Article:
Stuff that matters

Hip Hip Hmm

Let’s all give a small, slightly restrained cheer for Costa Rica.

The Central American nation has successfully run on clean energy for 150 days this year, according to the Costa Rica Electricity Institute. Last year, Costa Rica logged nearly 300 days without fossil fuels.

But while going fossil fuel-free is undoubtedly a step in the right direction, Costa Rica’s power sources aren’t without problems: Approximately 80 percent of the country’s electricity comes from hydroelectric plants, which disrupt ecosystems and displace indigenous communities, as Mashable points out.

The rest of Costa Rica’s electricity has come from geothermal plants (about 12 percent) and wind turbines (7 percent), with solar accounting for less than 1 percent of electricity generation.

And this likely won’t change any time soon, considering the expected completion of the Reventazón hydroelectric project later this month. WIRED reported that the enormous dam “all but guarantees that Costa Rica’s electric grid will run off nearly 100 percent renewable energy for the foreseeable future.”

The impact on the local ecosystem, however, will likely be significant. While we commend thee, Costa Rica, for going carbon-free, your means of getting there leaves something to be desired.

de-newable energy

The Republican tax bill could lead to major job losses across the U.S. renewable industry.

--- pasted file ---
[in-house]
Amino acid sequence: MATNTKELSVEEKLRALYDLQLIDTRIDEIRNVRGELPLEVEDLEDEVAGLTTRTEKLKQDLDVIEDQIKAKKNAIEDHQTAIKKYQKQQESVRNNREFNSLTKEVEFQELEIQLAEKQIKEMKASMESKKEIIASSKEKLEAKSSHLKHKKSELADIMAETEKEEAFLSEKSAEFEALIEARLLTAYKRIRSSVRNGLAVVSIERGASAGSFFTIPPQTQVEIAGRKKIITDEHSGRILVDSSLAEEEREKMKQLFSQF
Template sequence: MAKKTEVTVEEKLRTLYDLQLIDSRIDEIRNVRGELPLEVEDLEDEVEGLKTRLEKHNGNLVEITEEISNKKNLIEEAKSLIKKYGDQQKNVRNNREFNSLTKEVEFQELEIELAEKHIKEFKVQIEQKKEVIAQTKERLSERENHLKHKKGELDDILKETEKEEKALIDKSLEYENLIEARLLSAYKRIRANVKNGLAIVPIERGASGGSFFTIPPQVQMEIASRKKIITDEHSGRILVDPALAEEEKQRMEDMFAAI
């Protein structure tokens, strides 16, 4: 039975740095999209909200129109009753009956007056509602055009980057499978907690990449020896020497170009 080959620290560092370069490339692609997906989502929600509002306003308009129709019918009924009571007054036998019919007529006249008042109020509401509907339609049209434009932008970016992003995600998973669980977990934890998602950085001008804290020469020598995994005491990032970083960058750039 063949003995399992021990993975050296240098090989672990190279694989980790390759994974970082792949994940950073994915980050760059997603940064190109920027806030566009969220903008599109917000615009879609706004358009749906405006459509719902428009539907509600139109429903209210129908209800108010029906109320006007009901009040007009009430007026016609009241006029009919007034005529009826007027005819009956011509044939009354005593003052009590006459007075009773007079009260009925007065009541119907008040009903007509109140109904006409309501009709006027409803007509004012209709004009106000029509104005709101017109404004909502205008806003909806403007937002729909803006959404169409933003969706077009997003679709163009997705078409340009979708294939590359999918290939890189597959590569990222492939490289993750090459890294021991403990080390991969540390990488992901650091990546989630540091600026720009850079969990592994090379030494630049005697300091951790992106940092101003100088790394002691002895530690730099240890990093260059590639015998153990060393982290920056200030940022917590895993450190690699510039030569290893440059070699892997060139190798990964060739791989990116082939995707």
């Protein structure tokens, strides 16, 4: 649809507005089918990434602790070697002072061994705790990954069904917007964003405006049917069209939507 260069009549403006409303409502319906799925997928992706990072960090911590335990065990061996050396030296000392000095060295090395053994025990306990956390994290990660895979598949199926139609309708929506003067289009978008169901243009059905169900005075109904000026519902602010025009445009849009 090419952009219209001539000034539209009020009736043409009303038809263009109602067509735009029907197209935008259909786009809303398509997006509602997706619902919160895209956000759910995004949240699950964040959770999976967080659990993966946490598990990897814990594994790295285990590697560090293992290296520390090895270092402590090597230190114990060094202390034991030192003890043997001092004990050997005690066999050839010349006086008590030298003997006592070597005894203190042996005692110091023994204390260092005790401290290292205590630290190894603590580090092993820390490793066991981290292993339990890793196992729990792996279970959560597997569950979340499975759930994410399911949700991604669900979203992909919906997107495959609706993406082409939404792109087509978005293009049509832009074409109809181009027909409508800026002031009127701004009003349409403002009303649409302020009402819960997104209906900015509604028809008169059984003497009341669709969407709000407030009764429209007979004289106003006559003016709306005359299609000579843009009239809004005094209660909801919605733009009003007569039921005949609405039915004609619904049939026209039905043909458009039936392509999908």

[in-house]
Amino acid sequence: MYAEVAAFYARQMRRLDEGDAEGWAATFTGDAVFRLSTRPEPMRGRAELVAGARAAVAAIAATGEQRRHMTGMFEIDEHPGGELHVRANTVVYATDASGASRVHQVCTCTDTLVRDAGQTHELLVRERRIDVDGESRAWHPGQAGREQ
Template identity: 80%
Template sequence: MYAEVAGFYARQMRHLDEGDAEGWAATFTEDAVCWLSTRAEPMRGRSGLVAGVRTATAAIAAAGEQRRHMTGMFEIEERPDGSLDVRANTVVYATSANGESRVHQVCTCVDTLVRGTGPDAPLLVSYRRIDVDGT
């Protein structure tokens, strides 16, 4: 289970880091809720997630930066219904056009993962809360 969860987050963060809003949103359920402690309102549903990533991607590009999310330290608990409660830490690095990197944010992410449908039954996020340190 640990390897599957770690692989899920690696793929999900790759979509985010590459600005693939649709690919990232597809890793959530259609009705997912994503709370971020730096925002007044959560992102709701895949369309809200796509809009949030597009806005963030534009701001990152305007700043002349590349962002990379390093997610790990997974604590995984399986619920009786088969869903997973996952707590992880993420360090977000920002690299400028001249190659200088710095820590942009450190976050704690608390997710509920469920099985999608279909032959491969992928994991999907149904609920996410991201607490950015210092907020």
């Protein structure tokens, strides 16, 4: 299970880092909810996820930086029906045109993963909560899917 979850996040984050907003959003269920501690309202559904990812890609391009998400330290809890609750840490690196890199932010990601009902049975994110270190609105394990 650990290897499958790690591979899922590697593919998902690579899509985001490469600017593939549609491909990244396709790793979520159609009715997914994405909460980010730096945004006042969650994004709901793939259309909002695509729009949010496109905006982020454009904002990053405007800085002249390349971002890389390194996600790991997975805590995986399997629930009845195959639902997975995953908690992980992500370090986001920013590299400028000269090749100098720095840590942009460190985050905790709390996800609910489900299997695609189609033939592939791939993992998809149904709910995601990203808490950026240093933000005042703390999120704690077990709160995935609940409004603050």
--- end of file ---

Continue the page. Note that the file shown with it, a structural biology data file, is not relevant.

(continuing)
Federal tax credits are essential to driving growth in the United States’ wind and solar energy industries. Those credits, which were first introduced in 1992 and only stabilized in 2015, are now on the chopping block.

The government has a long history of subsidizing major industries, from food to fossil fuels. The renewable energy tax credits were supposed to apply through the year 2020, but the GOP tax bill (both the House and the Senate versions) suggests modifying provisions that were key to driving growth in the industry. That could seriously undermine future investment in solar and wind projects, as well as jeopardize existing projects that rely on credits for energy they produce.

And reneging on the 2015 deal could result in significant job losses, too. The current House version of the tax bill would eliminate adjustments to inflation and accelerate the phase-down schedule of federal tax credits, putting 60,000 wind industry jobs at risk.